Helping readers improve Wikipedia: First results from Article Feedback v5

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Figure 1. One of the feedback forms tested in the AFTv5 experiments (Option 1).


The Wikimedia Foundation, in collaboration with editors of the English Wikipedia, is developing a tool to enable readers to contribute productively to building the encyclopedia. To that end, we started development of a new version of the Article Feedback Tool (known as AFTv5) in October 2011. The original version of the tool, which allows readers to rate articles based on a star system, launched in 2010. The new version invites readers to write comments that might help editors improve Wikipedia articles. We hope that this tool will contribute to the Wikimedia movement’s strategic goals of increasing participation and improving quality.

Testing new feedback forms

On December 22, 2011, we started testing three different designs for the AFTv5 feedback forms:

  • Option 1: Did you find what you were looking for? (shown above)
  • Option 2: Make a suggestion, give praise, report a problem or ask a question
  • Option 3: Rate this article

The purpose of this first experiment was to measure the type, usefulness and volume of feedback posted with these feedback forms. For example, does asking a reader to describe what they were looking for (option 1) provide more actionable feedback than asking them to make a suggestion (option 2)?
We enabled AFTv5 on a small, randomly selected set (0.6%) of articles on the English Wikipedia, as well as a second set of high-traffic or semi-protected articles. A feedback form, randomly selected from the above three options, was placed at the bottom of each page. The feedback form was also accessible via a link docked on the bottom right corner of the page.  The resulting comments were then analyzed along a number of dimensions.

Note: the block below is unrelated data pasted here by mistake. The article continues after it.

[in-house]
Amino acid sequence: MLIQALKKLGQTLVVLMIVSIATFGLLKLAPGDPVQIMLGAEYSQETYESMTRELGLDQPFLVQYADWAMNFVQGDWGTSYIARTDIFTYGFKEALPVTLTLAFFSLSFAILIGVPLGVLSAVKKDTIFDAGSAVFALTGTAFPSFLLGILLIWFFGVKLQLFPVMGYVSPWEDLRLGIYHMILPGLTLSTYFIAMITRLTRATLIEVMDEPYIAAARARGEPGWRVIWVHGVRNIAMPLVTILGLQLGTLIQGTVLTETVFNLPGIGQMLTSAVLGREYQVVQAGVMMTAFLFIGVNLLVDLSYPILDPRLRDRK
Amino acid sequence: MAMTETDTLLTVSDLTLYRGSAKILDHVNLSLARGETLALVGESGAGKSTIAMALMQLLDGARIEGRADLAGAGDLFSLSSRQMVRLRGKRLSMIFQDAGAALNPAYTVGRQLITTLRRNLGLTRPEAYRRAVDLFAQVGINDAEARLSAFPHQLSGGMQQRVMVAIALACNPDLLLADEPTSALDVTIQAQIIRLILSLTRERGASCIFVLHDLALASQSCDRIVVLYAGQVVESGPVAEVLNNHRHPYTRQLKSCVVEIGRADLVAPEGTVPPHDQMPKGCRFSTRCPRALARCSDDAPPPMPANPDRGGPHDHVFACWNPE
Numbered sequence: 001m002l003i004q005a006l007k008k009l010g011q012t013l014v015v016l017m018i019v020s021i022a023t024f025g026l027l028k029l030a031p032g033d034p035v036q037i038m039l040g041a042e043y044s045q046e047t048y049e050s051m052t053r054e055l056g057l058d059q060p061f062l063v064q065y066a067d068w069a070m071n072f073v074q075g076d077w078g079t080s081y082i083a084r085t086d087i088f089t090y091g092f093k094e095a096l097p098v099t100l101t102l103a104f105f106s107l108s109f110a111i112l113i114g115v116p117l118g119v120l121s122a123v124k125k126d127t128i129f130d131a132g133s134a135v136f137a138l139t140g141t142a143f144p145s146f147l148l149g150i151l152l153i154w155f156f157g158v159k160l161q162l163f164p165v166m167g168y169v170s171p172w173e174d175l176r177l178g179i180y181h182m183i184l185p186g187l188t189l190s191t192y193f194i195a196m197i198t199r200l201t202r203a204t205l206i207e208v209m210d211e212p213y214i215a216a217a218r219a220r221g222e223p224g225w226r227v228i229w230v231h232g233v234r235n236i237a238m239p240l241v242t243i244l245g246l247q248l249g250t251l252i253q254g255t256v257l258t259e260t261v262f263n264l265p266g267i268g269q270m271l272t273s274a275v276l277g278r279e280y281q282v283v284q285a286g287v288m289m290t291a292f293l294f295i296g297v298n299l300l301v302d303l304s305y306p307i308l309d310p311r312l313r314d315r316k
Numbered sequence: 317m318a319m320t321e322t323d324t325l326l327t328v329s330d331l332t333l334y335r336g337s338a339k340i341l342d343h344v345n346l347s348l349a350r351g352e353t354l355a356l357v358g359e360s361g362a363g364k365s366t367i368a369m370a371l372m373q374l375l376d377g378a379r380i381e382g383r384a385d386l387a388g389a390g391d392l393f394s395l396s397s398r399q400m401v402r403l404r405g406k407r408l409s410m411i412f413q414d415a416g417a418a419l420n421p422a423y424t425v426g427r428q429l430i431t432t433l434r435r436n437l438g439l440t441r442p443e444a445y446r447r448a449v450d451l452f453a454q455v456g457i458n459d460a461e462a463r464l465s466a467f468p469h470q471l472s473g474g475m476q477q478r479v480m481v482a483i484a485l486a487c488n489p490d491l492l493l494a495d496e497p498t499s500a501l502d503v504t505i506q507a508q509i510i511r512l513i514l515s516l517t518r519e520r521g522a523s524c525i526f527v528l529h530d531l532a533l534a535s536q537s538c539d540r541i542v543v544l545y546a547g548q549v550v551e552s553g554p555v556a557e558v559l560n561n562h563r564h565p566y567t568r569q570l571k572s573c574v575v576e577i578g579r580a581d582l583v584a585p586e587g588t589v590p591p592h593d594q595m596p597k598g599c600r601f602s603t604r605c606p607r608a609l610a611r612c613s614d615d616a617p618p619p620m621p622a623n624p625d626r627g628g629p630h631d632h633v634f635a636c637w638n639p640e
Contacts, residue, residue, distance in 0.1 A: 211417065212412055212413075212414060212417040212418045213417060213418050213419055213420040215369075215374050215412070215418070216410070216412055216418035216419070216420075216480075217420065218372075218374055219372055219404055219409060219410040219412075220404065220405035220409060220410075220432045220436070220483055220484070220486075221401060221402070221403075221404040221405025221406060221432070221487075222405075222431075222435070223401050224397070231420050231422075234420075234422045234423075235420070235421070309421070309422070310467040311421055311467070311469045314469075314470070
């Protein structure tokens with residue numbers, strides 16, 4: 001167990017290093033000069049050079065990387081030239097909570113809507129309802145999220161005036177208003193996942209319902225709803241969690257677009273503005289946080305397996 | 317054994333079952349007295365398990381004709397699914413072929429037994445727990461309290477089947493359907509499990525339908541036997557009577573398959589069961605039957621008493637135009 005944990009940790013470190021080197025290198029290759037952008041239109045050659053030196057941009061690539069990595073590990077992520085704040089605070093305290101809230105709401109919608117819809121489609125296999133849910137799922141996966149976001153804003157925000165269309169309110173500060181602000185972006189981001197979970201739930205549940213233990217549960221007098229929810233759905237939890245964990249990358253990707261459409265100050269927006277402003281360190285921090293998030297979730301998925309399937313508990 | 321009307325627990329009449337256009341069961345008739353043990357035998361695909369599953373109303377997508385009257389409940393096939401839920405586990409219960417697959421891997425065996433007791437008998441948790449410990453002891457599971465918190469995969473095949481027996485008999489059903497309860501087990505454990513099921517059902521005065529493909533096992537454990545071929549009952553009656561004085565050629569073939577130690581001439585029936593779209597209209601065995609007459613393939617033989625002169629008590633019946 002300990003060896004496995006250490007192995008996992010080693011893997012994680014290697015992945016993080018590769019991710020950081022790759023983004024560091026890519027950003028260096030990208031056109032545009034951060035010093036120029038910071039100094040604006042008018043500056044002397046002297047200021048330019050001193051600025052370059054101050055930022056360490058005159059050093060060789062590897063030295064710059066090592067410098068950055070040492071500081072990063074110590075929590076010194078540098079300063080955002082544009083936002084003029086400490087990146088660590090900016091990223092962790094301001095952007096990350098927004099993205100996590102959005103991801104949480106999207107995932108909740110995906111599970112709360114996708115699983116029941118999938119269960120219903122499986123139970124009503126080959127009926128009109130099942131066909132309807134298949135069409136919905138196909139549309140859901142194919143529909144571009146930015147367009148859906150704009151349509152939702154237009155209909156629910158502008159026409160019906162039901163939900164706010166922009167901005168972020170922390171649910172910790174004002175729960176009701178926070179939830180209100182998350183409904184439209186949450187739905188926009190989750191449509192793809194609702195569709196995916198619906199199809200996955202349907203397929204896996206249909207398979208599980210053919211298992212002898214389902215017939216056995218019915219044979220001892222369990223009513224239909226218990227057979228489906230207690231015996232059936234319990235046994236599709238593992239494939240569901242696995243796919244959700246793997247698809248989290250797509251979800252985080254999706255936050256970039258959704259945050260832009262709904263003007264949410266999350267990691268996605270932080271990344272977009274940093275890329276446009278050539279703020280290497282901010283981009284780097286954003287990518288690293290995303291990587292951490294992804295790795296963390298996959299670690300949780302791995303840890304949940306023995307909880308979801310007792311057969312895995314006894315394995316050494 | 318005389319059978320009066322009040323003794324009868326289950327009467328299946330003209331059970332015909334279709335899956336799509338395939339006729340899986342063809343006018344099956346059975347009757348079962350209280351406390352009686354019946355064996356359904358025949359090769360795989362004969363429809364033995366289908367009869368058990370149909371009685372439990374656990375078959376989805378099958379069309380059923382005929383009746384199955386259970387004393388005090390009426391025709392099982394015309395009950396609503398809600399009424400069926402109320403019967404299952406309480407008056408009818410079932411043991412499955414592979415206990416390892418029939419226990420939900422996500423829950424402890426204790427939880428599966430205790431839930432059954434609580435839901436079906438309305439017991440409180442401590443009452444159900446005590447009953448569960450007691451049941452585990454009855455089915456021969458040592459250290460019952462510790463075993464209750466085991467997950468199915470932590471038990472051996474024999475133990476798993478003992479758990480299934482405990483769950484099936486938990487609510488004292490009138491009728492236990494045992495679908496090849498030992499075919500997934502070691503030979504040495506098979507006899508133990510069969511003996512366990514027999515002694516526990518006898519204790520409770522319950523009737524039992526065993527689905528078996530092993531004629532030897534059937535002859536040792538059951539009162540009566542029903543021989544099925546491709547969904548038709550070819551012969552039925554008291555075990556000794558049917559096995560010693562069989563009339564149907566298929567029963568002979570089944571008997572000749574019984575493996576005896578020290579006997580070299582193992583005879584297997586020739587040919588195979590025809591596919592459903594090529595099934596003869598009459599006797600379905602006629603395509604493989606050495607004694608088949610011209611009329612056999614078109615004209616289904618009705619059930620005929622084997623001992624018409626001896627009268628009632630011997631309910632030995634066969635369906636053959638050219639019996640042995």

What we learned

We conducted several studies to research these key research questions:

  • Is this feedback useful to Wikipedia editors?
  • How much feedback is posted for each option?
  • What do readers think of these feedback forms?

To answer these questions we ran an editorial evaluation of the feedback’s usefulness, an analysis of overall feedback volume, as well as a reader survey and usability study.

Is feedback useful?

Figure 2Proportion of feedback marked as useful by design and by level of agreement. (Option 1 is shown in green, option 2 in red and option 3 in orange).

We performed several rounds of blind assessment of the usefulness and type of feedback that we collected. To that end, a dozen Wikipedia editors volunteered to “hand code” hundreds of feedback posts: we are very grateful for their help, without which this analysis would not have been possible.
Overall, 45% of the feedback we examined was found useful by all coders (“everyone” in figure 2, middle column). About 65% of the feedback evaluated was marked as useful by at least one coder (“someone” in figure 2, left column).  We also compared the usefulness of feedback collected via each feedback form, but we couldn’t find any significant differences between the three options.